Relief supplies running short for Kokang refugees

Relief supplies running short for Kokang refugees

As clashes intensify in northern Shan State between Burmese government forces and ethnic rebels, aid workers say humanitarian supplies are fast drying up for the thousands of Kokang civilians who fled their homes to take refuge in shelters.

Speaking exclusively to DVB, medical and aid workers at the Sino-Burmese border have called for an urgent response of increased international support and more attention to be focused on the plight of the tens of thousands of refugees from the Kokang region.

Kokang refugees arrive at the Nansan International Exhibition Center, Yunnan Province, China, after fleeing fighting in and around Laogai, northern Shan State.
Kokang refugees arrive at the Nansan International Exhibition Center, Yunnan Province, China, after fleeing fighting in and around Laogai, northern Shan State.

“The number of refugees is growing by the day, and it is getting harder and harder to provide enough food, volunteers, doctors, medicine and clothes to meet their needs. They require an urgent helping hand,” said Xiao Ruan, a member of KokangBoAi, a Chinese non-governmental aid agency, which has set up a shelter for displaced Kokang families around Nansan Township in Yunnan Province, just a stone’s throw from the Burmese border.

Since hostilities broke out in the Kokang Special Region on 9 February between the Burmese army and Kokang rebels of the Myanmar Nationalities Democratic Alliance Army (MNDAA), more than 30,000 refugees have taken refuge on Chinese soil.

“Many refugees are here in Nansan’s 125 Camp*,” said a refugee identified as Mr Yang by the Voice of America’s Chinese service on Monday. “But many others have not been allocated places. The international community should pay more attention to these people.”

He said that many displaced persons from Laogai [Laukkai] and villages caught in the crossfire of the conflict have crossed into China and dispersed amongst various villages and towns. Others appear to be living in a makeshift fashion in the forest, he added.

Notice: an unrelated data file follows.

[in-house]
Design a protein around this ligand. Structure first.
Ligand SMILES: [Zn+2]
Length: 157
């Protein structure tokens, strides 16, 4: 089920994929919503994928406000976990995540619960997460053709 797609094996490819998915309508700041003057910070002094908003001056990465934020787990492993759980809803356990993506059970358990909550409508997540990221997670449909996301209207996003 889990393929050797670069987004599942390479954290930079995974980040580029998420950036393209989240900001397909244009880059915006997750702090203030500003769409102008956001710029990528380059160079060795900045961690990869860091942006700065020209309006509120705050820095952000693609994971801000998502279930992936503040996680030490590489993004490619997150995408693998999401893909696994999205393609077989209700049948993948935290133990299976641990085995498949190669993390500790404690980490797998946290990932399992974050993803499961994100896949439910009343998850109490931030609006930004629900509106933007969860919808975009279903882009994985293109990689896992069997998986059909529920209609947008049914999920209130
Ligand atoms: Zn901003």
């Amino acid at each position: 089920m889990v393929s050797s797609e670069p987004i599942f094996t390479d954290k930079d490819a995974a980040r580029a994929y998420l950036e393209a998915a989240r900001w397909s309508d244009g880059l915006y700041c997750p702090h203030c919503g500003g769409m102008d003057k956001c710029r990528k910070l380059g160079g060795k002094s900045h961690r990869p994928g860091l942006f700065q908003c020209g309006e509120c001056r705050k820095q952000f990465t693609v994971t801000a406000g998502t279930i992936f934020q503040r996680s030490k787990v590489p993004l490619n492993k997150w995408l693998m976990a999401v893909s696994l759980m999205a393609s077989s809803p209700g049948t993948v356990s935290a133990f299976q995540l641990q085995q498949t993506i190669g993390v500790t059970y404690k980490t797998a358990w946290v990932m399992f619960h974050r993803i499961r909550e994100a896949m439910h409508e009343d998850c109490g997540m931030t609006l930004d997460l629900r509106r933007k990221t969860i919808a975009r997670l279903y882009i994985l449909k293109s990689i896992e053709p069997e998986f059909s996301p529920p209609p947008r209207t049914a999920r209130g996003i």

Young refugee in Nansan. (PHOTO courtesy of Tengxun)
Young refugee in Nansan. (PHOTO courtesy of Tengxun)

A medic surnamed Zhao, who is assisting at a Nansan refugee camp, has said that Health Unlimited placed two doctors at the camp, but that they must attend to around 3,000 refugees.

“The doctors are essentially there just to ensure that cholera and diarrhoea do not break out in the camp,” he said.

“So far, we are doing OK. We go through a sterilisation process three times per day, and send more serious cases to Nansan Hospital.”

Zhao said the camp received a donation of some 10,000 kilograms of rice and also has access to spring water, but lacks meat and nutritious food.

KokangBoAi’s Ruan said he had been told that infectious diseases had broken out at some camps set up temporarily in mountainous areas.

Ruan said that the regional authorities of Zhenkang County, which oversees Nansan, have tightened their grip on NGOs providing relief to refugees in case the supplies fall into the hands of ethnic rebels. He said some local youth groups had been trying to provide medicine and supplies to Kokang rebels.

“The Burmese authorities have been in touch with their Chinese counterparts to discuss plans for resettling the refugees back in their hometowns, but no dates have been fixed,” he said.

Burma’s state-run media reported on Tuesday that “stability had returned” to the troubled region, and that as many as 800 residents from Laogai had returned home by Sunday.

The MNDAA released a statement on Wednesday on its official Chinese website, accusing local police officers in Laogai of resorting to “both mild and severe measures” to lure refugees back to the town. It added that “such an irresponsible move puts our brothers and sisters’ precious lives at risk.”

The MNDAA claimed that Burmese soldiers killed a number of Kokang civilians who returned to Laogai on Tuesday, accusing them of being Kokang rebels in plain clothes.

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Earlier this week, Burmese aid groups suspended relief convoys into the Kokang region, following a series of ambushes on non-military convoys.

The Kokang militia on Tuesday denied any involvement in two separate attacks on Red Cross convoys.

“The attack reported by Burmese media about a second Red Cross convoy on 21 February had nothing to do with the MNDAA,” read the statement, written in Chinese and posted on the MNDAA website. “The area where the Red Cross-flagged truck was attacked is under the tight control of the Burmese army … The MNDAA does not even have forces in that area, nor does it attack civilian vehicles.”

*125 Camp is the name of the shelter. The original report indicated that 125 different shelters had been set up. We apologise for this mistake.

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